B&T In the News

Attorney Christine Bremer Muggli Receives President’s Award From The Wisconsin Association For Justice

Posted by Bremer & Trollop |
Monday, February 18th, 2019

Christine Bremer Muggli, a Wausau, WI-based personal injury attorney and major shareholder in Bremer & Trollop Law Offices, S.C., recently received the President’s Award, one of the most prestigious and coveted legal awards an attorney in the state can receive.

Christine Bremer Muggli Named One Of The 
Top 25 Women Wisconsin Super Lawyers    

Posted by Bremer & Trollop |
Wednesday, November 28th, 2018

Attorney Christine Bremer Muggli, of Bremer & Trollop Law Offices S.C., has been recognized by Wisconsin Super LawyersMagazine as one of the Top 25 Women Wisconsin Super Lawyers.  Bremer Muggli has earned the Super Lawyers distinction each year for more than a decade.

Attorney Christine Bremer Muggli Receives Coveted Presidents Award From The Wisconsin Association For Justice

Posted by Bremer & Trollop |
Sunday, January 7th, 2018

Christine Bremer Muggli, a Wausau, WI based personal injury attorney and major shareholder in Bremer & Trollop Law Offices, S.C., recently received the President’s Award, one of the most prestigious and coveted legal awards an attorney in the state can receive.

Wausau Attorney Christine Bremer Muggli Named to Super Lawyers List — Top 25 Women Wisconsin Super Lawyers

Posted by Bremer & Trollop |
Sunday, December 18th, 2016

Wausau, WI – November 20, 2016 – Attorney Christine Bremer Muggli, of Bremer & Trollop Law Offices S.C., has been recognized by Wisconsin Super Lawyers Magazine as one of the Top 25 Women Wisconsin Super Lawyers.

Bremer Muggli Column: How not to choose a chief justice

Posted by Bremer & Trollop |
Tuesday, March 31st, 2015
In current system, voters choose Wisconsin Supreme Court chief justice. A partisan constitutional amendment would change that. The April 7 election will present to Wisconsin voters a proposed constitutional amendment that would change the method of choosing the chief justice of the Wisconsin Supreme Court. The current method, which has been in place for over 125 years, allows Wisconsin voters to express their preference at the ballot box for the person who will serve as the chief justice. Although there have been attempts to take away the people's right to elect their judges, Wisconsin voters have maintained this right to assure a democratic government in all three branches. Politics plays no role in the selection, as judicial elections have been separated from partisan, state and county elections. The individual with the most seniority who is re-elected by the people of Wisconsin will serve as chief justice during his or her term in office — that is, 10 years. The genius of our current system is that it allows the justice with the most institutional knowledge and experience to carry out the increased responsibilities of the position. The predictability of the current system allows for the chief justice to make tough decisions as the chief administrator of the state courts. The April 7 election ballot will contain a provision that, if it succeeds, will take away the vote from the citizens by changing our constitution. The proposed constitutional amendment would make the position of chief justice subject to a popularity contest between seven sitting justices, who would choose the chief behind closed doors every two years, inserting politics directly into the Supreme Court.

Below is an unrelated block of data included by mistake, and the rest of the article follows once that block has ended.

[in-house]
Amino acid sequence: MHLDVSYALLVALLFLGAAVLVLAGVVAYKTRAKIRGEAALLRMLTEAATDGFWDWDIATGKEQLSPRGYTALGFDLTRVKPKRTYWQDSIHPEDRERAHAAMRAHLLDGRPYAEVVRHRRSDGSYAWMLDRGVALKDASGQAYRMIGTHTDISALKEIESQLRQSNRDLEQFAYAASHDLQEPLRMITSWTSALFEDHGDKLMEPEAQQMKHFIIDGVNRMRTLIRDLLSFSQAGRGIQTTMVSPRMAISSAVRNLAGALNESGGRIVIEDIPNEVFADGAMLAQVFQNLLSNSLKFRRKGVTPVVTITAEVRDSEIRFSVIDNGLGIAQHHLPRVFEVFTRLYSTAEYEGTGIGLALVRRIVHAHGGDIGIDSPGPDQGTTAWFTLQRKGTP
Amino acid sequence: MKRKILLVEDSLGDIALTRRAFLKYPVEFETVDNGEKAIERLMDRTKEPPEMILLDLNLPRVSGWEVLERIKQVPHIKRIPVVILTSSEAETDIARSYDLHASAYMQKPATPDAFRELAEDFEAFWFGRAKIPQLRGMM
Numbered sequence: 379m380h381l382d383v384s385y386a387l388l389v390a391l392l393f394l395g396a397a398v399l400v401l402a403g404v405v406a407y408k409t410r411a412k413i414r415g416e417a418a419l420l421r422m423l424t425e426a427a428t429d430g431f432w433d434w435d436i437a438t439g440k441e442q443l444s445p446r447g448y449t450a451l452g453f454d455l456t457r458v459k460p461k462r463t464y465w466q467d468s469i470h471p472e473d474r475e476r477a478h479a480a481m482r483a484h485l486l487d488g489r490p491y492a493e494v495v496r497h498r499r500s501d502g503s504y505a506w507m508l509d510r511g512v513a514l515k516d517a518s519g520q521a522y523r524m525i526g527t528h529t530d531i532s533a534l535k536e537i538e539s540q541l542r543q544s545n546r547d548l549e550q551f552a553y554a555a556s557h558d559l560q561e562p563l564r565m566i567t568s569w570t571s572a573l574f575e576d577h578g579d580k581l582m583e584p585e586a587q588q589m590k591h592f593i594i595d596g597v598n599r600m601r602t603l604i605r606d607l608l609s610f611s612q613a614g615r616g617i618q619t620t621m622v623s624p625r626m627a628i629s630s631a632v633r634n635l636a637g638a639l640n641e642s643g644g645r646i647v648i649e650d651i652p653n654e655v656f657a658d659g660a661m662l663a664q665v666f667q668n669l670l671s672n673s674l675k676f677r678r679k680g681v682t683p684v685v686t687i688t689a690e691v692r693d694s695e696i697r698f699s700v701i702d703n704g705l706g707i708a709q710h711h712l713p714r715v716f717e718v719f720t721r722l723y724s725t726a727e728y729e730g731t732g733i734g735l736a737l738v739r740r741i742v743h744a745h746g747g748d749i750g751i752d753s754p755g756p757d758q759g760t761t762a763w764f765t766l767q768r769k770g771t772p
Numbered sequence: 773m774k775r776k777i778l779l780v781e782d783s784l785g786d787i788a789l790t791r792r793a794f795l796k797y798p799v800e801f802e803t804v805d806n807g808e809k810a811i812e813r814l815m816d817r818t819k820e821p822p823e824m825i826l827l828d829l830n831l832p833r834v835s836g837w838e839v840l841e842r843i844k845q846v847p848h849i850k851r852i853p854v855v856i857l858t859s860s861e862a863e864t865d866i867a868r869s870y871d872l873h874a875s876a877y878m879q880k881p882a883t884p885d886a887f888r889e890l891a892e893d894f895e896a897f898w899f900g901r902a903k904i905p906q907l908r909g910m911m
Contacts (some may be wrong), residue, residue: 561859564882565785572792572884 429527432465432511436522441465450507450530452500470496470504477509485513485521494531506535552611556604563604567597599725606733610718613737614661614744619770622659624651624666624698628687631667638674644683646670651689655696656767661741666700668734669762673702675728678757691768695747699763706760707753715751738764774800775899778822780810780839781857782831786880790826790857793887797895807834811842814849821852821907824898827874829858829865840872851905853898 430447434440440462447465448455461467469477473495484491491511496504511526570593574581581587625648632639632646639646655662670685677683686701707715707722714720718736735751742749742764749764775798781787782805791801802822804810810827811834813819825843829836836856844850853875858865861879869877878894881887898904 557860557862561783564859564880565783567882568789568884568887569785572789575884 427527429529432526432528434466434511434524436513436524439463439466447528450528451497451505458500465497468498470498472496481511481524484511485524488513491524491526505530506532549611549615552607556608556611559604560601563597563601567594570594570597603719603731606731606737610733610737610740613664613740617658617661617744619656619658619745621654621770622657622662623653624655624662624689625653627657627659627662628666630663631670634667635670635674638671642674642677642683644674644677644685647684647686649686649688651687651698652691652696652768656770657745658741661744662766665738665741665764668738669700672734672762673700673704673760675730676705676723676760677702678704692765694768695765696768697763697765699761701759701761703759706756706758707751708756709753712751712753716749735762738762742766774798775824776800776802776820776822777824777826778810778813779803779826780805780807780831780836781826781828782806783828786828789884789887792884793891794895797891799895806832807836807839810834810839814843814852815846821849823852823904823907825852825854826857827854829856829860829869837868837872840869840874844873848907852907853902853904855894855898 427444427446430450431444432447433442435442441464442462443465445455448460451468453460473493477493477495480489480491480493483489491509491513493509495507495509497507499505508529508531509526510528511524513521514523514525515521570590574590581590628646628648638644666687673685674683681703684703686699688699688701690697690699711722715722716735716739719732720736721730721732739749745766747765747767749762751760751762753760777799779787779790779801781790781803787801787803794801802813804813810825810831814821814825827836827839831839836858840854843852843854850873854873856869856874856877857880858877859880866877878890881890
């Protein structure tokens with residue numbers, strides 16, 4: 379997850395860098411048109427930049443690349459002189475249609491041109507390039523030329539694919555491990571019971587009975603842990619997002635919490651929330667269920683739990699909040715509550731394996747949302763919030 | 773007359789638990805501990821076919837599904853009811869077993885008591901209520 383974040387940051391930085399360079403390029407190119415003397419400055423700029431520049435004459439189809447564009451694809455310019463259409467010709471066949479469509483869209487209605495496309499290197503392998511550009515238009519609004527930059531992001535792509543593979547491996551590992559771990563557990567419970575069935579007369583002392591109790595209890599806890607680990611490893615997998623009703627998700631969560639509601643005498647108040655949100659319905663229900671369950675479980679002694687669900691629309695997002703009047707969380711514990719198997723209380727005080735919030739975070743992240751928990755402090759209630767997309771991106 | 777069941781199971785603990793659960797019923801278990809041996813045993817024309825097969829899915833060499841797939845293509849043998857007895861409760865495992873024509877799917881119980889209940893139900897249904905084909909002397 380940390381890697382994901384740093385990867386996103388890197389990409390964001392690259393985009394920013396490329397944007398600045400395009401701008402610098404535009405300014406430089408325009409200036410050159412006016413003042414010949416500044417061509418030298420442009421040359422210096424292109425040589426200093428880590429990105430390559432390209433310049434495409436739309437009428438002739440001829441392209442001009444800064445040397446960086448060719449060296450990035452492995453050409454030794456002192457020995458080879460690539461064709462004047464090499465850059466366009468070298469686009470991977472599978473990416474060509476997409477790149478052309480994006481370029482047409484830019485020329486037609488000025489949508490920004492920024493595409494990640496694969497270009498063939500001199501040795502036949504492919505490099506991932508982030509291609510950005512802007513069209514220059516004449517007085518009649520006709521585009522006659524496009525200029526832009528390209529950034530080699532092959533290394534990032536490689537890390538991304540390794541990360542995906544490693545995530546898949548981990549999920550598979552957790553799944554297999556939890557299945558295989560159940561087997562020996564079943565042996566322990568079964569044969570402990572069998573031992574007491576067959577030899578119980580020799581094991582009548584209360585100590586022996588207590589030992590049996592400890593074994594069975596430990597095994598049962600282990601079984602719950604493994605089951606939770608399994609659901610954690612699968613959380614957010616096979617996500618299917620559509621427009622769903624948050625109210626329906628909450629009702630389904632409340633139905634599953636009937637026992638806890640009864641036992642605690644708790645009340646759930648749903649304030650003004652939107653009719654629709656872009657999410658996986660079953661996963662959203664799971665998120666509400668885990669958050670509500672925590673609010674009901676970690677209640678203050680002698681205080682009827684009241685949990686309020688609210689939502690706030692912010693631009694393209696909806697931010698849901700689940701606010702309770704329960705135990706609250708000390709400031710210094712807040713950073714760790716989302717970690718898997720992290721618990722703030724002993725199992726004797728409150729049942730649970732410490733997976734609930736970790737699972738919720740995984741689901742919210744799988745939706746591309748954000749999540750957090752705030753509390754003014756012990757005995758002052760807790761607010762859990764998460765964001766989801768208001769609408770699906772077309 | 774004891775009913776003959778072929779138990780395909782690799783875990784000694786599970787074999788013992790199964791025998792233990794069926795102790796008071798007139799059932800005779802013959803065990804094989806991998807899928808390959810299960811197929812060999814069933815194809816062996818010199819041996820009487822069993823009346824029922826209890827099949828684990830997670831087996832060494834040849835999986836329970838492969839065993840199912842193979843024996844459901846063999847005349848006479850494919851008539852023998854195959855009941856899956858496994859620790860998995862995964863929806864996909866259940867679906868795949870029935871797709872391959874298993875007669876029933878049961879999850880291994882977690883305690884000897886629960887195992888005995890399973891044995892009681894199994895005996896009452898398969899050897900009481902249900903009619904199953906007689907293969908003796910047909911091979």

Lance Trollop: Explaining Wausau school referendum votes

Posted by Bremer & Trollop |
Friday, January 30th, 2015

After four years of study, the Wausau School Board on Jan. 12 unanimously approved two referendum questions for the April election. The first is a "bond" referendum, seeking $29.6 million. The majority is designated for elementary schools. The plan includes closing the aging A.C. Kiefer building, which currently serves early childhood and 4-year-old kindergarten students.

Wrestling case about more than money: column

Posted by Bremer & Trollop |
Wednesday, July 2nd, 2014

Josiah Kleist's claims against the Wisconsin Rapids School District have resolved. Kleist, who is deaf, legally blind and suffers from a movement disorder, filed claims against school district in the Western District of Wisconsin federal court, alleging he was targeted by his Lincoln High School wrestling teammates as a victim of bullying, sexual and verbal abuse and harassment during the 2010-11 school year.

Pages